Posts Tagged ‘norway’

A Visit to a Norwegian Summer Farm

Tuesday, October 9th, 2012

Terje Leiren is Professor of Scandinavian Studies and History at the University of Washington, Seattle. He is the current holder of the Sverre Arestad Endowed Chair in Norwegian Studies.

This summer Terje led a group of Smithsonian travelers on a Scandinavian Sojourn.

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Amid the spectacular west Norwegian fjord landscape of two UNESCO world heritage sites (Geiranger and Naeroy fjords) lies the Herdal Mountain Summer Farm (Saeter). Here farming follows a tradition that dates back to the Vikings. The farm itself, run by Jostein Sande and Ashild Dale, has been in the Dale family for 300 years.

Herdal Mountain Summer Farm

The picturesque Herdal Mountain Summer farm. (Photo courtesy of author.)

The mountain summer farm consists of 30 small buildings with several hundred goats, scores of sheep, some cows and a dozen or so majestic Norwegian fjord horses. The animals graze freely in the open landscape of the mountain meadow from June through September. Goats are milked regularly for the rich milk that is used to produce brown and white goat cheese as well as goat’s milk caramels. Agricultural traditions going back countless generations thrive here, protected by international cultural agreements and the dedication of the Sande-Dale family.

Goat Cheese

Jostein Sande holding a large brown goat cheese produced on the farm. (Photo courtesy of the author.)

As visitors to the farm, we felt as though we had stepped back in time; a time before the industrial revolution changed the world, and Norway was one of the poorest countries in Europe. We marveled at the smell and the taste of the dairy products, especially the pure brown goat cheese that has become the very symbol of Norway’s traditional culinary culture. Enjoyed with “rømmegrøt,” a sour-cream porridge, cured ham and lamb, and some traditional flatbread, the Norwegian mountain farm food experience was unique.

Norwegian fjord horse

Norwegian fjord horse searching for a treat. (Photo courtesy of author.)

The Summer Farm culture broadly represents a living tradition of small-scale dairy farming that still survives throughout Norway. However, because they are most often found away from the tourists’ mainstream and visited only by the most determined of travelers, our visit to the summer farm left us feeling quite privileged that we could enjoy such a unique historical and cultural experience as part of the Smithsonian Scandinavian Sojourn tour. A true surprise in the land of the midnight sun.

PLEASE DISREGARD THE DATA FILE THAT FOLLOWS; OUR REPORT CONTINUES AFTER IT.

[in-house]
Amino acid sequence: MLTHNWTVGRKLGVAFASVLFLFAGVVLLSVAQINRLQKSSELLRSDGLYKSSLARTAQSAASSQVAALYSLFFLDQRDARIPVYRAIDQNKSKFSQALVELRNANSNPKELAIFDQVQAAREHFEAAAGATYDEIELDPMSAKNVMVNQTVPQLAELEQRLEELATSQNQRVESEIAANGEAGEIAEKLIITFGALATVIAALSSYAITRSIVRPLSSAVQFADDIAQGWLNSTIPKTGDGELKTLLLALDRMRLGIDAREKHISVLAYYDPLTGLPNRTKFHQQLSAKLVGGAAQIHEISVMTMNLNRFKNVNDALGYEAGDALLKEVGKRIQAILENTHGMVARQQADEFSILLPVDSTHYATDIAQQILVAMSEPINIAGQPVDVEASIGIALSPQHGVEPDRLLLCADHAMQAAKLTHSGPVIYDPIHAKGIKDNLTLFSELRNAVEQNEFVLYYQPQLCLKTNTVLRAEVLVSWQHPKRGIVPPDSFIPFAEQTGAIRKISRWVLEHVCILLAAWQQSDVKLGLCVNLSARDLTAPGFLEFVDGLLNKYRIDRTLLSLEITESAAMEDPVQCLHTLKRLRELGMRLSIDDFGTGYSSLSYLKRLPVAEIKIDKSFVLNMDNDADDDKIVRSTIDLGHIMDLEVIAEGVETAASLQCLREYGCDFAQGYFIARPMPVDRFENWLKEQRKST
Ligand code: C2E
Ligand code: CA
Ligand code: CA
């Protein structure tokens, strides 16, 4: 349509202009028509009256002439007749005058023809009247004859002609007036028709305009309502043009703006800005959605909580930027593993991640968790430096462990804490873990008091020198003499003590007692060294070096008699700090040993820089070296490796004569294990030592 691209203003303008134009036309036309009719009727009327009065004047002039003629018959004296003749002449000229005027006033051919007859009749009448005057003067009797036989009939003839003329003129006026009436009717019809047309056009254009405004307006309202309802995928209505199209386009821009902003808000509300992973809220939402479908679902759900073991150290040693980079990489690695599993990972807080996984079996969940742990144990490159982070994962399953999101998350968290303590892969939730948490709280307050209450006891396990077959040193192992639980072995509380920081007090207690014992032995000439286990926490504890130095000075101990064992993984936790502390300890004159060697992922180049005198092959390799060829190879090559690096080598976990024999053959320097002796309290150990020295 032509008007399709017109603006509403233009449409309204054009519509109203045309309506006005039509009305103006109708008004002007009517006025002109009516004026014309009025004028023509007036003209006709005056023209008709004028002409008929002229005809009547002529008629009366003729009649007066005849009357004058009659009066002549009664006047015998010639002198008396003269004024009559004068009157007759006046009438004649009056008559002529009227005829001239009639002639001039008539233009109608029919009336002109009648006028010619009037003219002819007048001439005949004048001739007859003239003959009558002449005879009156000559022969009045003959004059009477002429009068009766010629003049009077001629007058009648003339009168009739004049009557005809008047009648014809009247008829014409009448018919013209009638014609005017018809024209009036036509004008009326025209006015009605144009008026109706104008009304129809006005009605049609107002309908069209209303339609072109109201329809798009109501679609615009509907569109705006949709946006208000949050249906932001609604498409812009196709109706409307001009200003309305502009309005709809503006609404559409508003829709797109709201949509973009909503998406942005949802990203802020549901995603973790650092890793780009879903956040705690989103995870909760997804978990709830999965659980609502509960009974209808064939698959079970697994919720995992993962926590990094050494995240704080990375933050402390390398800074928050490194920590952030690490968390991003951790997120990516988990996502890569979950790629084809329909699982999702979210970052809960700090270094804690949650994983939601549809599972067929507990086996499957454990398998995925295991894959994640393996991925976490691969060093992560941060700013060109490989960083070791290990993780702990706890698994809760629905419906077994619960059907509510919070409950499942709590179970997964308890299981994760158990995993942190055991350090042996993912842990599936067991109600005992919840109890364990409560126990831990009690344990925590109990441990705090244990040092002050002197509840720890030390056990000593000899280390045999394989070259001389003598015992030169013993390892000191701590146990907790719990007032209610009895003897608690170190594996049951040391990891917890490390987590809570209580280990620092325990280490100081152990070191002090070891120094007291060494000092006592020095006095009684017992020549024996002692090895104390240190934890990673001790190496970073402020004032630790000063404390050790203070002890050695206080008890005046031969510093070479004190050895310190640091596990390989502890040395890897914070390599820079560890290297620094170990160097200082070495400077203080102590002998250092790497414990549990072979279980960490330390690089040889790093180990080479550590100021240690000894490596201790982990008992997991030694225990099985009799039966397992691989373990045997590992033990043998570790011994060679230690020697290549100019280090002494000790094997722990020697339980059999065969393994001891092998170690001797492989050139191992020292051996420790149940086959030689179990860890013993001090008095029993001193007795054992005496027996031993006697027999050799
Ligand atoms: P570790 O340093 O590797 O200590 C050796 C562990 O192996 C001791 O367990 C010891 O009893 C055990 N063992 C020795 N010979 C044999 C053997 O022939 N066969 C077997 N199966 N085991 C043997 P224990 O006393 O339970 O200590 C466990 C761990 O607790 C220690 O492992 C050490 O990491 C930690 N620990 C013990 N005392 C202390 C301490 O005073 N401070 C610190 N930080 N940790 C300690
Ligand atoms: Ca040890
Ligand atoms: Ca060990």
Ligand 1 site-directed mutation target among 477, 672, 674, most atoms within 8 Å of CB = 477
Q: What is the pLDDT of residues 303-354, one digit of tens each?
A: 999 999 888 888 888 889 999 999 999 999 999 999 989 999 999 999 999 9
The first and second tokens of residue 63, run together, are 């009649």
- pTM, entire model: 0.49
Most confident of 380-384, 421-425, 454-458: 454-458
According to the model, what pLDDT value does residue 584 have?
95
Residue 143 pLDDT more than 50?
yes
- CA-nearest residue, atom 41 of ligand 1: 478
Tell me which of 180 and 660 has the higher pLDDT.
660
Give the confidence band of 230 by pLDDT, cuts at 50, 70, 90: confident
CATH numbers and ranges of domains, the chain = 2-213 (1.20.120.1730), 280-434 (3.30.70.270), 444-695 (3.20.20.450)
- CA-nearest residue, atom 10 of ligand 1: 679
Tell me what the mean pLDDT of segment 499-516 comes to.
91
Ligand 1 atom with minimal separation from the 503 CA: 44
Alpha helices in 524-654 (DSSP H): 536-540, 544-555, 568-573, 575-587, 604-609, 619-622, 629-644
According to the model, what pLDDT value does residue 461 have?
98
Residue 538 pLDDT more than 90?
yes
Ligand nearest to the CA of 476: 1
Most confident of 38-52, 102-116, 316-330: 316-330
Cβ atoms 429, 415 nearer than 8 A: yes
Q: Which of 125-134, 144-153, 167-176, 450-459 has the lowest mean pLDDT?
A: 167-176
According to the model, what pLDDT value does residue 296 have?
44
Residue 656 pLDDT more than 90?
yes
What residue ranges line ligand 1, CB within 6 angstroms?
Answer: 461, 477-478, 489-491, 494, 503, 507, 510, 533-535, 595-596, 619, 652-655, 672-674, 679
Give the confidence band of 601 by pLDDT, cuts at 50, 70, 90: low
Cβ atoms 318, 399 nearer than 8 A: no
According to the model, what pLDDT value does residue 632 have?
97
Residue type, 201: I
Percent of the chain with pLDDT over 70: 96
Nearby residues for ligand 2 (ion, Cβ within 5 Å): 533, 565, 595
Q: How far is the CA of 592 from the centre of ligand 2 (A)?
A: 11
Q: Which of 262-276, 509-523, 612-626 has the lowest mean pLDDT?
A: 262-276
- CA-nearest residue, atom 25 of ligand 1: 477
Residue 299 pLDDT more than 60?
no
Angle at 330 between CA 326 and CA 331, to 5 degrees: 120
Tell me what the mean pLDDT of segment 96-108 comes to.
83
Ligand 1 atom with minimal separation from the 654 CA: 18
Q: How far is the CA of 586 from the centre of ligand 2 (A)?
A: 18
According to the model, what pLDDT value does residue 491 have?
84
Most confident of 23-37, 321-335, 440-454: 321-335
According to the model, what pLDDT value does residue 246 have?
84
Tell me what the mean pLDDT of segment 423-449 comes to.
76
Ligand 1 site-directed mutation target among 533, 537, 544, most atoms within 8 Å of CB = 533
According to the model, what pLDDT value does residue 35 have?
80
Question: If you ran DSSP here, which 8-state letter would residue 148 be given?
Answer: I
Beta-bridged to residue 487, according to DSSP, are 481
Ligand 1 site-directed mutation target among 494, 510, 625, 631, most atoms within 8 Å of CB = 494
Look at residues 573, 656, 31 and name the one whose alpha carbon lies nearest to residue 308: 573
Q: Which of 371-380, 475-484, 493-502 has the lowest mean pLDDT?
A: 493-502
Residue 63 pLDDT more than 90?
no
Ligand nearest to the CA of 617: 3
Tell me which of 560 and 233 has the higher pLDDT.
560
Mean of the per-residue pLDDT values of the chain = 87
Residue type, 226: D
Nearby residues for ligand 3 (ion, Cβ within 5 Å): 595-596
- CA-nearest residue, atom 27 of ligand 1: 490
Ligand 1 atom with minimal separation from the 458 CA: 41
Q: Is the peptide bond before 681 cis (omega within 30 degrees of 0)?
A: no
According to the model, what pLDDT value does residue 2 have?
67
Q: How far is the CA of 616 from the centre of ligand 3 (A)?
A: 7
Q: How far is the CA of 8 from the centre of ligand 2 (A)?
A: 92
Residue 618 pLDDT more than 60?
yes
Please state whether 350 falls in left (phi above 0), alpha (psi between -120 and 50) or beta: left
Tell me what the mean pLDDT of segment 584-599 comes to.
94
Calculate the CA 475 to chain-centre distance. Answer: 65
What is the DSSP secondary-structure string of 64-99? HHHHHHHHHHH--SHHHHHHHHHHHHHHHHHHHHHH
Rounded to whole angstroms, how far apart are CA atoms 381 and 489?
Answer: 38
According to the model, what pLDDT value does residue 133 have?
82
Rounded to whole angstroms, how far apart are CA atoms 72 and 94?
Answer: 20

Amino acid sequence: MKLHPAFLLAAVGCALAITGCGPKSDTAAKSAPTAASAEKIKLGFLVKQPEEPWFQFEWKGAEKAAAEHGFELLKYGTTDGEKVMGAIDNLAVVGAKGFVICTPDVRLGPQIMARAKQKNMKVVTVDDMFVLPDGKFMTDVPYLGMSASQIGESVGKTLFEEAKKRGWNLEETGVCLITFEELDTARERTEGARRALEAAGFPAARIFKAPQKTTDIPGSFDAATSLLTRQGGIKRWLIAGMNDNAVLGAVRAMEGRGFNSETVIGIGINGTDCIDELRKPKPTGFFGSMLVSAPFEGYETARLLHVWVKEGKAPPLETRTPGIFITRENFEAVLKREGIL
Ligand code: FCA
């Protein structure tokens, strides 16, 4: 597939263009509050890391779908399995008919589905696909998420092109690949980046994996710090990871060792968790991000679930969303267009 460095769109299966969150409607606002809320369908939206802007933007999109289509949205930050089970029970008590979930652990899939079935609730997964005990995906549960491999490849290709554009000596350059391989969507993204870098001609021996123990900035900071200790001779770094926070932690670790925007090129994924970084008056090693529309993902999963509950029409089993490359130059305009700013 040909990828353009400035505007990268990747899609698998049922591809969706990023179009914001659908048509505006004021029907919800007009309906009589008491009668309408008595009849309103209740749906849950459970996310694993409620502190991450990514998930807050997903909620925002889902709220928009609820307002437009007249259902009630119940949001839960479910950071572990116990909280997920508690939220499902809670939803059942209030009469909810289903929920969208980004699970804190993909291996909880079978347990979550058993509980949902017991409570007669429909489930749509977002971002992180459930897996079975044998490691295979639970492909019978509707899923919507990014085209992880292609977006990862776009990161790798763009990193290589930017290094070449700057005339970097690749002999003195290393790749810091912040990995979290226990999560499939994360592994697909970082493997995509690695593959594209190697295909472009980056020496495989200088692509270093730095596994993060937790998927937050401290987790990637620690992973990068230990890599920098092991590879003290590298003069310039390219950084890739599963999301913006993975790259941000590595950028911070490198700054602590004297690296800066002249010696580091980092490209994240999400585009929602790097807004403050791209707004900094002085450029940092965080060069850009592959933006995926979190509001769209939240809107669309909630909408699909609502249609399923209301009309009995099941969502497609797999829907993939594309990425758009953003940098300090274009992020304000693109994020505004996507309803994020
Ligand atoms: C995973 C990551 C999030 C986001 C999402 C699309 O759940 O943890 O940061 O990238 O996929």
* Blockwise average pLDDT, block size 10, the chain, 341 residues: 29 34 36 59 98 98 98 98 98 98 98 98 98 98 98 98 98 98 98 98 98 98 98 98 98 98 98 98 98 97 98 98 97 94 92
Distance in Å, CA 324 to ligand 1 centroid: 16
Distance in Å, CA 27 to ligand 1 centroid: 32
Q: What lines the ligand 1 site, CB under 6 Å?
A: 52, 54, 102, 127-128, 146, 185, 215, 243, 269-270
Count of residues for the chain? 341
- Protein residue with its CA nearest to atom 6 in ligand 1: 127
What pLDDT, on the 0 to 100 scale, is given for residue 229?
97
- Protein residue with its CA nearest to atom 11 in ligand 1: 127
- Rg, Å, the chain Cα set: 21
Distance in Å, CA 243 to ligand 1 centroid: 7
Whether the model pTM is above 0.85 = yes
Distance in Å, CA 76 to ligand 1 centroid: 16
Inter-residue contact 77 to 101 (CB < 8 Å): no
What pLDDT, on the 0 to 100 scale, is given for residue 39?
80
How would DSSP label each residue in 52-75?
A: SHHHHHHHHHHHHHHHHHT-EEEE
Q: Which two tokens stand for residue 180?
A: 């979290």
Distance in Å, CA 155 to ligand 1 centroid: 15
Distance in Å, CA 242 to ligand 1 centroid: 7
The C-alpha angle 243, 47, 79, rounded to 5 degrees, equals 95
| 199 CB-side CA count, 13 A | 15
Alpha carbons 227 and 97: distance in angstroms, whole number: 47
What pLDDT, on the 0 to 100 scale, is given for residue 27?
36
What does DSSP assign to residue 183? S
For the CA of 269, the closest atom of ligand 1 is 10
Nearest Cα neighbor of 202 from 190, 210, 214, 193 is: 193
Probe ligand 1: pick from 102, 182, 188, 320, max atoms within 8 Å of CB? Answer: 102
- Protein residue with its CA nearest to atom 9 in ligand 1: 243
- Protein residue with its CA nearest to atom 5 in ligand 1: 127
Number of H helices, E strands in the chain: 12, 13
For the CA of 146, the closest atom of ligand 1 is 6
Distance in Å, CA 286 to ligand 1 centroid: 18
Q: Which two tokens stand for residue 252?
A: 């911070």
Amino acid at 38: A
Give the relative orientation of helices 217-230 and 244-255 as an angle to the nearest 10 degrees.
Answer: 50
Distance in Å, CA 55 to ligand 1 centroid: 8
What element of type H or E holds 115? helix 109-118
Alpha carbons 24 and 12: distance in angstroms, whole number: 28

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Read more about Smithsonian Journeys’ Scandinavian Sojourn trip here.

At the Summer Home of Norwegian Composer Edvard Grieg

Friday, August 24th, 2012

A Smithsonian group at Trollhaugen, the summer home of Norwegian composer Edvard Grieg

Just in! A Smithsonian group poses at Trollhaugen, the summer home of Norwegian composer Edvard Grieg. Next, the group leaves Bergen and heads for Geiranger, to what Study Leader Terje Leiren describes as “some of the most spectacular fjord country of the entire trip!”

Check their itinerary here to see where they’re headed!

Breathtaking Photos of Northern Lights From Norway

Thursday, January 26th, 2012

Over the last few days, a powerful solar storm roared past the Earth treating travelers in the northernmost latitudes to a dazzling, supercharged display of auroras. The unusually bright colors resulted from a massive solar flare that erupted from the sun last Sunday, sending a wave of charged particles rippling across the sky. The recent show is likely just a taste of what’s to come, as scientists predict elevated solar activity to continue for the next couple of years.

Here are stunning images captured this week in Valvika, Nordland Fylke and Langfjordbotn, Finnmark Fylke, Norway:

Aurora Borealis - NorwayPhoto courtesy of Flickr user trondk.

Aurora Borealis - Norway
Photo courtesy of Flickr user The-Dan.

Aurora Borealis - Norway
Photo courtesy of Flickr user The-Dan.

If these images have piqued your interest, check out the details of our Scandinavian Sojourn trips headed north this summer!

For more information on the recent aurora borealis (and more stunning photos), visit “This Week’s Breathtaking Aurora Borealis” on Smithsonian.com.

Mad About Munch: Norway’s Iconic Art

Friday, May 1st, 2009

Arne Lunde is an Assistant Professor of Scandinavian Studies at UCLA.  Below, he shares his thoughts about last year’s Smithsonian trip to Norway. To read more about Arne, click here.

To be able to see the many works of Norwegian painter Edvard Munch up close and in the country where most of his paintings remain to this day was an incredibly rewarding experience for me. I’ve long admired Munch’s artistic expressions. In Scandinavia he is considered one of the greatest visual artists, and his international stature has only grown with time. He’s also a far more diverse and complex artist than being merely the creator of The Scream, his immortal distillation of angst. Munch’s lifelong Frieze of Life project reveals an intense psychological vision into the emotional lives of himself and of human beings universally. And the beauty and dynamism of his colors and composition rival that of his contemporaries Vincent Van Gogh and Paul Gauguin. (more…)